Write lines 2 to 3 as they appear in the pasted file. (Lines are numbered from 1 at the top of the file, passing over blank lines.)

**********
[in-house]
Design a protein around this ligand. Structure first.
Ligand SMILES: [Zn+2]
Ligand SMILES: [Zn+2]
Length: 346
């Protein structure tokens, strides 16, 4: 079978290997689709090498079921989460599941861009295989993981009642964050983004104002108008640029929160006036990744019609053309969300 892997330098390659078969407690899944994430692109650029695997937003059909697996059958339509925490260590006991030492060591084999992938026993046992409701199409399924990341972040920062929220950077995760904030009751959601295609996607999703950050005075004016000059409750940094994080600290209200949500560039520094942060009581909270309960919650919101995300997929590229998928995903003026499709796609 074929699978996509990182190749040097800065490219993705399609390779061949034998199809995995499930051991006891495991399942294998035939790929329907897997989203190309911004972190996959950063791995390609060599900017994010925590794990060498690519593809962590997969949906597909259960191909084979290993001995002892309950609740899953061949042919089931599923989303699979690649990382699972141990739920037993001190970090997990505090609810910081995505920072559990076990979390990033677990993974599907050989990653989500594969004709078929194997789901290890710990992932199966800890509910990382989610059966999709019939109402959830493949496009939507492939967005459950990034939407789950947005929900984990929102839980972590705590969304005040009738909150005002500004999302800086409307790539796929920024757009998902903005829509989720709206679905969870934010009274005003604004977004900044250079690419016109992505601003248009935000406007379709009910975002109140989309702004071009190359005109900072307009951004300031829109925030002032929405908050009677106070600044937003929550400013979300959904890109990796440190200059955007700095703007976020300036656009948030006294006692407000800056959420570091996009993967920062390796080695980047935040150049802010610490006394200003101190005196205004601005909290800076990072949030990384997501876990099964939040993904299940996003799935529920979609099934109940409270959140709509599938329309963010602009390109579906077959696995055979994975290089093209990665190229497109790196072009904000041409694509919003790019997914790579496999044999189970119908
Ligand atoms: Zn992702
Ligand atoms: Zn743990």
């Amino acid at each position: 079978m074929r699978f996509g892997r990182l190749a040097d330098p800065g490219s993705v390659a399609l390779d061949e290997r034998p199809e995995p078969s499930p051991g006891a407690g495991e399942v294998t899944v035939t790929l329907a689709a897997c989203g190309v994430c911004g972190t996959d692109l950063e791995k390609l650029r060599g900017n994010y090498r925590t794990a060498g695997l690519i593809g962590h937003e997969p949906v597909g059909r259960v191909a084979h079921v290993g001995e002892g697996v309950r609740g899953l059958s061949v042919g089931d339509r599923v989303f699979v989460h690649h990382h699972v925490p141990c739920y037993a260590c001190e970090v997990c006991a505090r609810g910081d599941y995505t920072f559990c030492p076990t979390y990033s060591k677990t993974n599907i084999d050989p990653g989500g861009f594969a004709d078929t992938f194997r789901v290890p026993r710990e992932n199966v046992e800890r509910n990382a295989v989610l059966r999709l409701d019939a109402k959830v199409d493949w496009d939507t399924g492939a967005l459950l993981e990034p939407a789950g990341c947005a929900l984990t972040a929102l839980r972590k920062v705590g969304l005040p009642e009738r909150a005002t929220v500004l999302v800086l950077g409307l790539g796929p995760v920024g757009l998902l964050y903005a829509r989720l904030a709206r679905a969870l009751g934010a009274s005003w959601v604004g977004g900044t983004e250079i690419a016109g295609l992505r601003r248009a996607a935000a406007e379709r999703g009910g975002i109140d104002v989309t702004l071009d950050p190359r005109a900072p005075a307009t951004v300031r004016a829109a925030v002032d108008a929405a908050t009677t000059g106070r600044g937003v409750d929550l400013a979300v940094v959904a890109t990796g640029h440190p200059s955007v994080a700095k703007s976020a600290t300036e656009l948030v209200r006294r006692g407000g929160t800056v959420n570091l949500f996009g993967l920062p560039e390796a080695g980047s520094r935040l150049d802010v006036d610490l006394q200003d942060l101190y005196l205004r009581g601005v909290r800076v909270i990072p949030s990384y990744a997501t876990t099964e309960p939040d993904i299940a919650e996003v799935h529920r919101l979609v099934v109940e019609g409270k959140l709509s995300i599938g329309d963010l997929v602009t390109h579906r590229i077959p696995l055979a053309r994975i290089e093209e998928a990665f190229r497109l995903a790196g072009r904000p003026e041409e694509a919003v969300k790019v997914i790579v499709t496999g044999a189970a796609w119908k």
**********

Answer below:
Design a protein around this ligand. Structure first.
Ligand SMILES: [Zn+2]